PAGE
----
Sunday, 3 May 2015

photo: google


It was my latest expedition to yet another kingdom of the underprivileged.  This time I went to Kodungaiyur, where exists the massive mount of Chennai's garbage dump. As per the Chennai Corporation records over 4,000 metric tonnes of the city's garbage are dumped here every day. Truckloads keep emptying the stinking toxic wastes through the day, every day. 

Some 20 kms from my News7 studio, I was there with my crew to film the kids at work. It was for my Saturday show- Maiyam. When I informed my cameraman and driver that they should have their breakfast before entering Kodungaiyur, they did not understand why and so they did  not follow my advice. But once we were there, they were shocked to see that several streets were filled with garbage on either side. And in some streets, people were literally living on roads in small huts that were surrounded by garbage.  After a lot of search, they managed to find a small street side food shop but their appetite seemed suddenly gone. 

On the road, I inquired an old man about the road to Panakkaran Nagar (meaning – a colony of rich men) that would take us to ground zero of the Kodungaiyur dumpyard. Ironically, for some reason, the cluster of houses of the below-poverty-line people had earned that name, Panakkaran Nagar.  I recollected my meeting with India’s venerated  environment journalist P.Sainath sometime back, when he had mentioned that while presenting the news, one must always talk about two extremes so that people would understand the difference.

While climbing the garbage mounds, my cameraman and driver were moaning and cribbing that I always took them for a ‘ride’. (I don’t seem to be interested in covering press meets at five star hotels and meetings in lavish resorts was their complaint!!). Anyhow, when I climbed the top of the filthy mountain of toxic garbage, we couldn’t breathe properly. Though the pathway was filled with dry waste, the closer spot where children and adults collecting and separating the waste was full of wet waste. And the dusty air, grease and grime on our faces seemed to revolt the two men in my team.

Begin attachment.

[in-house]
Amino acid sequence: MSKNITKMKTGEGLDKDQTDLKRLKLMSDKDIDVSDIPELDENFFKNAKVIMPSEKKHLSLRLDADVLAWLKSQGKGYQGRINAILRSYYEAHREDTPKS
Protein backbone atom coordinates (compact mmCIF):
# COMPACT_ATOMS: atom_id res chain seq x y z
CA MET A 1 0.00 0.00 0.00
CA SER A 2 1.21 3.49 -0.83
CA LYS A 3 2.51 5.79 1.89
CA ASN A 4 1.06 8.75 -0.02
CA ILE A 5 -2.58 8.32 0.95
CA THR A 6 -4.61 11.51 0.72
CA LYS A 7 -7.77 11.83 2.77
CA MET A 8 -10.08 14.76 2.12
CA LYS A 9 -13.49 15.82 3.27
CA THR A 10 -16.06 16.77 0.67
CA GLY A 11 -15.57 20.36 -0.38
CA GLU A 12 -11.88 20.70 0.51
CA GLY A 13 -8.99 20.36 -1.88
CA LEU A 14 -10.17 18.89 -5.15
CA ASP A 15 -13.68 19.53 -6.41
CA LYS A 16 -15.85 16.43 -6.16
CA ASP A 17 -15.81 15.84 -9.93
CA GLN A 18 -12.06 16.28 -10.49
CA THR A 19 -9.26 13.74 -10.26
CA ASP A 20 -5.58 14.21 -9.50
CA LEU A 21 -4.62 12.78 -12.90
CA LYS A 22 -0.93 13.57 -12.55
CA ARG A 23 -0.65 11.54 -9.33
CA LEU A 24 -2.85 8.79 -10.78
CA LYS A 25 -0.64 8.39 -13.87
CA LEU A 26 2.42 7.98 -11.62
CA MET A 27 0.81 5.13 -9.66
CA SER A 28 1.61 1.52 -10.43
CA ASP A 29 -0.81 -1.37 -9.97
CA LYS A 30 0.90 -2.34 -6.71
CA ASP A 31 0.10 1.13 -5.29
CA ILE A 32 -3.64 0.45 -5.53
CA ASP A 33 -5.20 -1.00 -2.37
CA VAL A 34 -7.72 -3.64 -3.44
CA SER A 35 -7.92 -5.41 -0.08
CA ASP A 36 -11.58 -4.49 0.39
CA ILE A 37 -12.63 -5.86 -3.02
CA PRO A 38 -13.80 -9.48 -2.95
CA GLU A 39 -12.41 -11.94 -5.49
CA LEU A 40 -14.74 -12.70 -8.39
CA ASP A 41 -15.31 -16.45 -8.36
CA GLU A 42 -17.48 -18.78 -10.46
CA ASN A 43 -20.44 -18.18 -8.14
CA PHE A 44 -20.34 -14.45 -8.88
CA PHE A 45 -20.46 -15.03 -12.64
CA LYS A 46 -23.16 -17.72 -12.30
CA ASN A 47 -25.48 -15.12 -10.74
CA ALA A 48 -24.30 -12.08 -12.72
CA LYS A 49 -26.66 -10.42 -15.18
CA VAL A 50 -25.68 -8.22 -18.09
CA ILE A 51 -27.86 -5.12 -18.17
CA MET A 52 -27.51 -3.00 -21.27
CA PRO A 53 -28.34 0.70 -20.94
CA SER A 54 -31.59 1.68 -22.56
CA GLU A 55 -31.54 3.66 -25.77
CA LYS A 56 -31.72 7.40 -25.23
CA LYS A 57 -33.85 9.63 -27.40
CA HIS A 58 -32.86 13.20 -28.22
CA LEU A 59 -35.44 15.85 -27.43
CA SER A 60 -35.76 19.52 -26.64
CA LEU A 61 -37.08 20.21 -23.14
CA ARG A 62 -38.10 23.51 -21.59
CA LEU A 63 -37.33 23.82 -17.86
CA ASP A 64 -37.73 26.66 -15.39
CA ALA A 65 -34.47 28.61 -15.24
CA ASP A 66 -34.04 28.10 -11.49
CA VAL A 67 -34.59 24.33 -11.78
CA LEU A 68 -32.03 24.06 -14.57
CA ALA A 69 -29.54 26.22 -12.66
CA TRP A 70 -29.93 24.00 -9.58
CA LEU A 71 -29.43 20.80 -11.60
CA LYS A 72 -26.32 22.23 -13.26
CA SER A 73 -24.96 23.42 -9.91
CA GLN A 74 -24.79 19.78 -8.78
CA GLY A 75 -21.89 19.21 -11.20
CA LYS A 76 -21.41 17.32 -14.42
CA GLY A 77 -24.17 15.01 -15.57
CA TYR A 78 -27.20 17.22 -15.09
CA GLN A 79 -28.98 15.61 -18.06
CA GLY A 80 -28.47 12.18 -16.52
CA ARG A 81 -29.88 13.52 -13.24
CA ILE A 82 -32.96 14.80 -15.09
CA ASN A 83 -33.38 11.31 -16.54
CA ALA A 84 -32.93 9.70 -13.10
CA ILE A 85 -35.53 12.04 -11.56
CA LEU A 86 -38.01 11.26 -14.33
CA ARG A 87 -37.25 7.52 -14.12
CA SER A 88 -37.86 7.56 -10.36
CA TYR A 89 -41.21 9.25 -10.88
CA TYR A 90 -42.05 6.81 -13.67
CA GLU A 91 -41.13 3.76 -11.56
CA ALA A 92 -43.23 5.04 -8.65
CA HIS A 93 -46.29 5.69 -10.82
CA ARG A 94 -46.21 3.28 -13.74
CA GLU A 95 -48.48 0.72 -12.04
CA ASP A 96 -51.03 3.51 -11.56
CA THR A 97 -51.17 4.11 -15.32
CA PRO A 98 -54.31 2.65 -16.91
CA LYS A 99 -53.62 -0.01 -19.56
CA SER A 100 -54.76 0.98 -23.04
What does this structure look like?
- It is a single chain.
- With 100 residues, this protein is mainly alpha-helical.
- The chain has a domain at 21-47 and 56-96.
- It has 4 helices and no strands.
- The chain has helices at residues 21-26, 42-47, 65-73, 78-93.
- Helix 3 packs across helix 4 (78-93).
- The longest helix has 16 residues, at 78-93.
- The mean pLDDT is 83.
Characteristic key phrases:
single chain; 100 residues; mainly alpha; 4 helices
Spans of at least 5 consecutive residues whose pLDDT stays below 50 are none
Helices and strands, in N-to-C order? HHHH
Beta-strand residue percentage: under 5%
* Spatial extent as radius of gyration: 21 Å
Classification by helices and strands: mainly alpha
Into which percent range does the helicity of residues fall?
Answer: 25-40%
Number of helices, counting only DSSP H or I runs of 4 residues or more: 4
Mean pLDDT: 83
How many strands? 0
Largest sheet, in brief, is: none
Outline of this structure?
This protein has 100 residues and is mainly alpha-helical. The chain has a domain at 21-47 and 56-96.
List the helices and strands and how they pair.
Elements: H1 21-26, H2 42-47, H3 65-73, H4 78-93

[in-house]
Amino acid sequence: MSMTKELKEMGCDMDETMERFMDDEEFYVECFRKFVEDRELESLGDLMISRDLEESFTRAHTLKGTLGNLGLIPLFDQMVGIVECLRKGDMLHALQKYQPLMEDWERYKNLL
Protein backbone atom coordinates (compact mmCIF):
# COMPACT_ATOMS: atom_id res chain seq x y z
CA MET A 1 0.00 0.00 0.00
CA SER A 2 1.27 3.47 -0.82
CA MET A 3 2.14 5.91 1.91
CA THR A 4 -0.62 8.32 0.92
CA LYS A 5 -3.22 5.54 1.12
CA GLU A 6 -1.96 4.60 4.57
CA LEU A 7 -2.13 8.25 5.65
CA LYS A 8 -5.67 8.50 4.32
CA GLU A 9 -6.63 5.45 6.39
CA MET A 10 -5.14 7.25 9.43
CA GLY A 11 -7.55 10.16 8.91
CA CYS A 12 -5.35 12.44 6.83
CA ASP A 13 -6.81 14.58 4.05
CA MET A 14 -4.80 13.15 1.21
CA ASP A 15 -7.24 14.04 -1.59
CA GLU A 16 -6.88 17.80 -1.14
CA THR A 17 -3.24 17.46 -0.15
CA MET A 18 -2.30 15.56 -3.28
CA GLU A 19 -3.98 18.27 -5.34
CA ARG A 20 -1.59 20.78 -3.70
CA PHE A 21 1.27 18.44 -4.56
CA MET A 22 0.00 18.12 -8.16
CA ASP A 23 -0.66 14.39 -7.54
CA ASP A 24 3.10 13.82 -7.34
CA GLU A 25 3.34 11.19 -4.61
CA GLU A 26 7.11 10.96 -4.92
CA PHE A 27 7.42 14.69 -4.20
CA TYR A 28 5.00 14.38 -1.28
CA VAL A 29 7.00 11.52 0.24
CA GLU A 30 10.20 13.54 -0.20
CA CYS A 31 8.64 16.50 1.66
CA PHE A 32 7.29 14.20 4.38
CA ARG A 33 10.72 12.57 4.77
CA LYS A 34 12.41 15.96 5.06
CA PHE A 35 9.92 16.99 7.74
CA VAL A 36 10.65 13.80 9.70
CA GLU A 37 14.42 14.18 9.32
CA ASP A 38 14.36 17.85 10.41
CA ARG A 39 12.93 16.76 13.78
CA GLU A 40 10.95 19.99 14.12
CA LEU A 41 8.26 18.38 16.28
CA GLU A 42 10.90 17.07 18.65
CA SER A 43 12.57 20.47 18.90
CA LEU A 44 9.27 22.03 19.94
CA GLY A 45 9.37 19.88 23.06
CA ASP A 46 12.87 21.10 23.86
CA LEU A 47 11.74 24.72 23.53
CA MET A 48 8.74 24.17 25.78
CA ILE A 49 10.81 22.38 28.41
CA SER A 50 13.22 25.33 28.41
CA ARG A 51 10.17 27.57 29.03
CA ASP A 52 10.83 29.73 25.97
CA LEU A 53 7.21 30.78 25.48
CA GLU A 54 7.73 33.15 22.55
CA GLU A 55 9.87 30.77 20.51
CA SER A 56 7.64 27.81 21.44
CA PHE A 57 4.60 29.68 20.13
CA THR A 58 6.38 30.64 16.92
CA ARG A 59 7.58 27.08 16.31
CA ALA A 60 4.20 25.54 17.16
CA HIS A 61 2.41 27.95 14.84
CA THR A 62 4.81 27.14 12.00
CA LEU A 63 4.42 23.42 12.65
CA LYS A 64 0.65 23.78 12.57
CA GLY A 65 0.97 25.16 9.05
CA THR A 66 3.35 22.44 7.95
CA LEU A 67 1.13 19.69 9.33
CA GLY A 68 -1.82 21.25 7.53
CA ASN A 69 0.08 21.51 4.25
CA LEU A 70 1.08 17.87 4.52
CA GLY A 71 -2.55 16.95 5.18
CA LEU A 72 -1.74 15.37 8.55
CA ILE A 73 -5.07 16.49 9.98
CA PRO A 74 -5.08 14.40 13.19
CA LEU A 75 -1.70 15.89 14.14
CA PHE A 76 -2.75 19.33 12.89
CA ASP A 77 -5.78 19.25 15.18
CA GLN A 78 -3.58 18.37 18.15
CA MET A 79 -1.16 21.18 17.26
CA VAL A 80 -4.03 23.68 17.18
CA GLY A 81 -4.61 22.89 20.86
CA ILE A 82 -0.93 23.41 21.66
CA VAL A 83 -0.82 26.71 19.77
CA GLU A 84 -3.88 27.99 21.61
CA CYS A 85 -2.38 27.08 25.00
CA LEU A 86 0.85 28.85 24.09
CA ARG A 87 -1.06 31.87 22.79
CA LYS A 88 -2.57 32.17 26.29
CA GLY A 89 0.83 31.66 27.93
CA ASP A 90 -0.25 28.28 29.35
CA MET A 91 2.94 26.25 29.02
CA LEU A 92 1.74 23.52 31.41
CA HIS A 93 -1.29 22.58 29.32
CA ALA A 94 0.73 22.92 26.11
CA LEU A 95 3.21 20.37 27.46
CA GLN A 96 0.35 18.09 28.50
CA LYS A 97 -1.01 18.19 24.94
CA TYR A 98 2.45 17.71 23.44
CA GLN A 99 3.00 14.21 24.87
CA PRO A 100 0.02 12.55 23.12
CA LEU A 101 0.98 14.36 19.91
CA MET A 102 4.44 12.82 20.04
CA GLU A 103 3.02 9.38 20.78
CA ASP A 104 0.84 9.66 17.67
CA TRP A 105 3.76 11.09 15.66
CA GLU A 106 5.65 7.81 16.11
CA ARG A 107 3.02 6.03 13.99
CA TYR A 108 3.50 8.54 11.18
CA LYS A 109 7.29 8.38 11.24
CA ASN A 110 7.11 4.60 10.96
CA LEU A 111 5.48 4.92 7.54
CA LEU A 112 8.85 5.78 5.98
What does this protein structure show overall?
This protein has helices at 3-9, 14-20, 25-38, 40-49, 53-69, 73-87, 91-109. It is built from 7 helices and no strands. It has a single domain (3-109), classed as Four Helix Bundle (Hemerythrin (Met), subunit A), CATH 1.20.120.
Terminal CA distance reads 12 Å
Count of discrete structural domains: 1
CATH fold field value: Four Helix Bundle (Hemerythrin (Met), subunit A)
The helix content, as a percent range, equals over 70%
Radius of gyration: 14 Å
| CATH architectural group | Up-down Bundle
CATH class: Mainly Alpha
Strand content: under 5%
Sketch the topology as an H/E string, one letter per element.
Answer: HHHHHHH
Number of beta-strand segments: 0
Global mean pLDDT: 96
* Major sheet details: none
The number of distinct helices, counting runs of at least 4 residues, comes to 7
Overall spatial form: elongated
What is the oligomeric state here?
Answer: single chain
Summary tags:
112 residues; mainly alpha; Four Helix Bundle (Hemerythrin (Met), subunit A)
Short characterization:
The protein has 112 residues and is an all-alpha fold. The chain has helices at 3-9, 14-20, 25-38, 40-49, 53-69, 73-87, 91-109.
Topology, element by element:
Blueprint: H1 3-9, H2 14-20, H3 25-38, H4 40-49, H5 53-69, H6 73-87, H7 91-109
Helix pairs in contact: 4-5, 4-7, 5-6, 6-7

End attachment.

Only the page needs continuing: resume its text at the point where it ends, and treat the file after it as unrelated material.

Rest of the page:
After many attempts, I was able to convince a little boy to talk to the camera about his Kodungaiyur career. Kumar, a class five dropout, enters the dumpsite at 10am and works hard till about 2pm. He would rest for a while in a little tent there and have his lunch. He then works till about 4pm. He would sell his day’s collection of plastic bottles and get a few rupees. 

I told my cameraman to capture the shots of how these garbage pickers run behind the huge trucks that bring fresh loads of garbage. And how easily they pick out the kind of waste that they specialize in 'merchandising'. For example, there are teams that would collect only pet bottles, a few others would look for e-waste, yet another team looks for thick cardboards... 

After three hours there, the dusty air and smell from the garbage became too much for us. We wanted to wrap up the shooting. A kind woman came to me and offered water. I turned to my crew and they were aghast. How would they use any water from that place? I smiled as I accepted the water and washed the grime off my face and quenched my thirst. A tea-seller appeared from nowhere, climbing up the garbage mountain on  his two-wheeler that carried his huge can of tea and several paper cups. As the garbage-pickers gathered around him, one kind soul turned to me to ask if we could have some 'nice tea'. We tried hard to smile and mumbled an answer--we are very grateful but we must go because we have a deadline. Actually we were feeling very tired and very suffocated. 

On the way down, two little kids ran behind us for the send off. Though the Kodungaiyur smoke and stench gifted me with a terrible cough that drained me the next couple of days, I was glad that we could get some good shots on the camera and also the crew could understand the tough living of those garbage pickers and the poor inhabitants of Panakkaran Nagar. When I narrated the Kodungaiyur trip to my dad and told him I must thank God for granting me good life, he replied, 'No, fight with God. Ask Him why he has made life so tough for those people'.